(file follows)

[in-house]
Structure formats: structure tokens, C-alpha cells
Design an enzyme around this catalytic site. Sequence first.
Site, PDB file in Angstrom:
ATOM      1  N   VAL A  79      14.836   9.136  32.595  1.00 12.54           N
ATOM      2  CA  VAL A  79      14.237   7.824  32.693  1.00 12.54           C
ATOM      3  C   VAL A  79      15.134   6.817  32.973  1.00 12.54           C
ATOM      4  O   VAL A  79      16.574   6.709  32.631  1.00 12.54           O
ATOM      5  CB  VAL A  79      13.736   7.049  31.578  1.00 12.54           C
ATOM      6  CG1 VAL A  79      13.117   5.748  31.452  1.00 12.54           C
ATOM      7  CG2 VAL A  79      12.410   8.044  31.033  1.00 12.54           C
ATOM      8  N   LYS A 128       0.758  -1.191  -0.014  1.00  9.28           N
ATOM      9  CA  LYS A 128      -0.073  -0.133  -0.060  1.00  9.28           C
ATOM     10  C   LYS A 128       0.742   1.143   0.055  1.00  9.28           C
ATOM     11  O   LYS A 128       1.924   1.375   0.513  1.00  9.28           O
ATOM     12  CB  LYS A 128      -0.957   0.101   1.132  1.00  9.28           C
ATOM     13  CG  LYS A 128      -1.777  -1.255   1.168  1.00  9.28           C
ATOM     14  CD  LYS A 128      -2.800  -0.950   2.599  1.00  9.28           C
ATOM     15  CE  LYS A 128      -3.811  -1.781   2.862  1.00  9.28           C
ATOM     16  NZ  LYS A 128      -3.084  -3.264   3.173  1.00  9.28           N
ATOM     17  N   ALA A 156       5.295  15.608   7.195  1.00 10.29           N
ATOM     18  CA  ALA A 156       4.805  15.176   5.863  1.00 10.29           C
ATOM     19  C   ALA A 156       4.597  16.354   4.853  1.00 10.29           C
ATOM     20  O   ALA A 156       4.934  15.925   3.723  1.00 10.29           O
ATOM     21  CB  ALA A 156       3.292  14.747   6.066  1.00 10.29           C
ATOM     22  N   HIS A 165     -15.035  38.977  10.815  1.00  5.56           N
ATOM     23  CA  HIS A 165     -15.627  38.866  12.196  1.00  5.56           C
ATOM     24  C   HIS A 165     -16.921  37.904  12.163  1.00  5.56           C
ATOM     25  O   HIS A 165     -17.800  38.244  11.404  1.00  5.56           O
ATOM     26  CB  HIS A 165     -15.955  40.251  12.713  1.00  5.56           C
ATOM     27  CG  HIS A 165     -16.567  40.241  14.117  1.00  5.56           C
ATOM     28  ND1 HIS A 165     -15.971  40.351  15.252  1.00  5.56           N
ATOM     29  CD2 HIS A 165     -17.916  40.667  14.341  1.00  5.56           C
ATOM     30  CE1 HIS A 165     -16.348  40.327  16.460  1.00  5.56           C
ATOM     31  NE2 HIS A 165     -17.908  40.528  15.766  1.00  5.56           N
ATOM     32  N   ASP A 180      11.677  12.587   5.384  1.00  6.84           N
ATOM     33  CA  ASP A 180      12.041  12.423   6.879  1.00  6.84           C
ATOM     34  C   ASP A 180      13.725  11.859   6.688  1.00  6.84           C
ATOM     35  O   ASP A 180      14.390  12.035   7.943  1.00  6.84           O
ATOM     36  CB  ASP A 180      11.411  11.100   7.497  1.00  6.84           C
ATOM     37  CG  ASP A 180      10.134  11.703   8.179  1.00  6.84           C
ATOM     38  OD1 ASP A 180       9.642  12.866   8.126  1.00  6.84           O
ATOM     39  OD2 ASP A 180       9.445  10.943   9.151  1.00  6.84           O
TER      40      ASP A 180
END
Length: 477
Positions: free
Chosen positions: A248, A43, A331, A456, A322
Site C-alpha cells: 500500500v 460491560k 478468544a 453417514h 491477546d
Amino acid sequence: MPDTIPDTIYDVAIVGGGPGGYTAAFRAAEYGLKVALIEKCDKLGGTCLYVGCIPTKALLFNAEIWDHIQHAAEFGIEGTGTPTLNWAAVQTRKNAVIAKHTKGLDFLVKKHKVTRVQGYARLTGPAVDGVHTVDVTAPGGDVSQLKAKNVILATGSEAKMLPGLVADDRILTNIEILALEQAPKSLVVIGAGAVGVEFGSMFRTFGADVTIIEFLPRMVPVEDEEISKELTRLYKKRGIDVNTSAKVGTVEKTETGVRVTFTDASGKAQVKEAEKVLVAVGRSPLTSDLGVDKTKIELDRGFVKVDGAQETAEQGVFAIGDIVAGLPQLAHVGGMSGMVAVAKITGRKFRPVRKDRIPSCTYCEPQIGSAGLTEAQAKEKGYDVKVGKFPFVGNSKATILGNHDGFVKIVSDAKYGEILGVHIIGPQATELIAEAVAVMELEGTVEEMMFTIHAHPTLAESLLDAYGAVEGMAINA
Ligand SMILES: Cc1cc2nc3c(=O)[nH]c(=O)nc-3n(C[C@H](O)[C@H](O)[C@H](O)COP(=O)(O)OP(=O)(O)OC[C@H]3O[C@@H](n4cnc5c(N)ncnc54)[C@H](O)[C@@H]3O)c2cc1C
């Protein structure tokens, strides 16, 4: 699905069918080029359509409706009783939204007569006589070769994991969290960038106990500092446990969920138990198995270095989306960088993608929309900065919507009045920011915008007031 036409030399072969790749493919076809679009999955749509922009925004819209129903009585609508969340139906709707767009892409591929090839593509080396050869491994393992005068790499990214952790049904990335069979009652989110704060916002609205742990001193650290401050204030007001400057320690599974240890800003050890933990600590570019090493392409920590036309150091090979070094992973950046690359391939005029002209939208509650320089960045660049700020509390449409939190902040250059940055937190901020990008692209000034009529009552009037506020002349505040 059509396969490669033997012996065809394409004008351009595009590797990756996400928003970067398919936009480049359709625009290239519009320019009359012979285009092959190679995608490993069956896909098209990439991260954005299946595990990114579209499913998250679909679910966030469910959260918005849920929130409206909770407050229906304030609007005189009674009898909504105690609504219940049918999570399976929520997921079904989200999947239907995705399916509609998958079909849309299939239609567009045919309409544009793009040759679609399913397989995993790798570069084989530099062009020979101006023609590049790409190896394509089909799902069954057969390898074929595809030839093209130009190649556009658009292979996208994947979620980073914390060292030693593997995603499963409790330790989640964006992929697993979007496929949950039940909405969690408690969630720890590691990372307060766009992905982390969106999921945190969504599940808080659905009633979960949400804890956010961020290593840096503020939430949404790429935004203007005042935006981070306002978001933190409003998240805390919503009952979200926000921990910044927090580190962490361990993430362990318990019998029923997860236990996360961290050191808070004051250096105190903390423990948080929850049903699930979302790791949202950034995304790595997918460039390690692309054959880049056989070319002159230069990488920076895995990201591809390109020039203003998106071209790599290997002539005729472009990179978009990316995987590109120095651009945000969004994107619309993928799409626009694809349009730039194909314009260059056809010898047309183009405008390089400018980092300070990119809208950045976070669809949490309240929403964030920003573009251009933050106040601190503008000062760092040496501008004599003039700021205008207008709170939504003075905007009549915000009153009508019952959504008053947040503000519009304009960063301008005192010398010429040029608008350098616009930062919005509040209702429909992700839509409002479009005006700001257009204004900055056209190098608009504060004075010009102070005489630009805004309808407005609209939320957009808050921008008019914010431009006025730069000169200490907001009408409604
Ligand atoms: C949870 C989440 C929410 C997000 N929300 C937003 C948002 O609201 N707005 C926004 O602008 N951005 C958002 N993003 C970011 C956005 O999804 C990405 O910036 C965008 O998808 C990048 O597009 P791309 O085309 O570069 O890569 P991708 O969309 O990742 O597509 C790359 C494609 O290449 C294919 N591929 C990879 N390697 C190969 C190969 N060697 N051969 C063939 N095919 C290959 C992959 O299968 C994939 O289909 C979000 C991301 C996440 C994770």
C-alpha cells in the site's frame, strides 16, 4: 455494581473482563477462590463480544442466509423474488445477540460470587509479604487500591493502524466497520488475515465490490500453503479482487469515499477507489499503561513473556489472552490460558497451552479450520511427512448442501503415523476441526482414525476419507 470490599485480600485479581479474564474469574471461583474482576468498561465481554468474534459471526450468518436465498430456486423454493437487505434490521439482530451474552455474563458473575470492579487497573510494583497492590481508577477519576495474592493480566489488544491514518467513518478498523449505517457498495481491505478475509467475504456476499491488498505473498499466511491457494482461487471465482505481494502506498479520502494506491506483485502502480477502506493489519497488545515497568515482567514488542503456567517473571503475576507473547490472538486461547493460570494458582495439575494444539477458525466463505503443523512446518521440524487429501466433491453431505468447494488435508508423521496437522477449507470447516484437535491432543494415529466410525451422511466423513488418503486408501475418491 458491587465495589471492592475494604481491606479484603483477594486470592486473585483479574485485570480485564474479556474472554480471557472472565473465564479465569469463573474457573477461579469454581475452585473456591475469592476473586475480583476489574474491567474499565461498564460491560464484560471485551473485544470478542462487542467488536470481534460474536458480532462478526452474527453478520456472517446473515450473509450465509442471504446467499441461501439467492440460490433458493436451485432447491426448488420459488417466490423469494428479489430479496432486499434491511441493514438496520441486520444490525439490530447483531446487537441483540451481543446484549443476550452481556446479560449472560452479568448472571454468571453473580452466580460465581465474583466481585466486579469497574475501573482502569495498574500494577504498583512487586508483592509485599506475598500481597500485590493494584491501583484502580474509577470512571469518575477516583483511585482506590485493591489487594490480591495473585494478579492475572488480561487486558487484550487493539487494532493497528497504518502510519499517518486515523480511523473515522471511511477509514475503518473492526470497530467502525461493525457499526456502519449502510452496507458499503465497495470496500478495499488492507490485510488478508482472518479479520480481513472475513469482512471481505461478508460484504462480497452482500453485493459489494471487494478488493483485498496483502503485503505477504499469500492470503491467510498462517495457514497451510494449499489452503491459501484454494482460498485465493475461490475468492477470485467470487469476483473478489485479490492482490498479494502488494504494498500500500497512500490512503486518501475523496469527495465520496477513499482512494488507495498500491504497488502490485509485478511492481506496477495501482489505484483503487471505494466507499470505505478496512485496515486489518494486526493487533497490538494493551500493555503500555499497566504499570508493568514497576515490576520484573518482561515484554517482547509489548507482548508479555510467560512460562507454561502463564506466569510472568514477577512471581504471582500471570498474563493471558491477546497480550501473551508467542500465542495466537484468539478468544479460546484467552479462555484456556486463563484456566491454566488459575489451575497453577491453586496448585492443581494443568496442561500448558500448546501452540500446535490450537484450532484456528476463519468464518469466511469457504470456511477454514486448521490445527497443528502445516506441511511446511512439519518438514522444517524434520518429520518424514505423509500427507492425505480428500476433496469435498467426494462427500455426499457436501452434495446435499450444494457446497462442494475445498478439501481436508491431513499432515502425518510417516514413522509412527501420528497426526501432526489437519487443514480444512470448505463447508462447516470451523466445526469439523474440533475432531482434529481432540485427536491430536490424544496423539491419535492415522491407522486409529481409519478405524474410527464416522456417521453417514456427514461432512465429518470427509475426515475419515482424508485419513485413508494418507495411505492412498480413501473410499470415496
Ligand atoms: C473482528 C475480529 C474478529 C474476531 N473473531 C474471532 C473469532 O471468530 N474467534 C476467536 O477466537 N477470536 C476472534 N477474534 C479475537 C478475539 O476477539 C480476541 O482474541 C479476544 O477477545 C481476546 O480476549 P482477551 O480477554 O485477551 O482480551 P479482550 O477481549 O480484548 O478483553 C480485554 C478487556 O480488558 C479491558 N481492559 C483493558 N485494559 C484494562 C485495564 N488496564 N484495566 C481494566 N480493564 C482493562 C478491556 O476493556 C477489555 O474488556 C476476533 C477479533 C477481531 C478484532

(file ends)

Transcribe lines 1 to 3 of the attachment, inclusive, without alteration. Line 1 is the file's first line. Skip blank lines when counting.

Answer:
[in-house]
Structure formats: structure tokens, C-alpha cells
Design an enzyme around this catalytic site. Sequence first.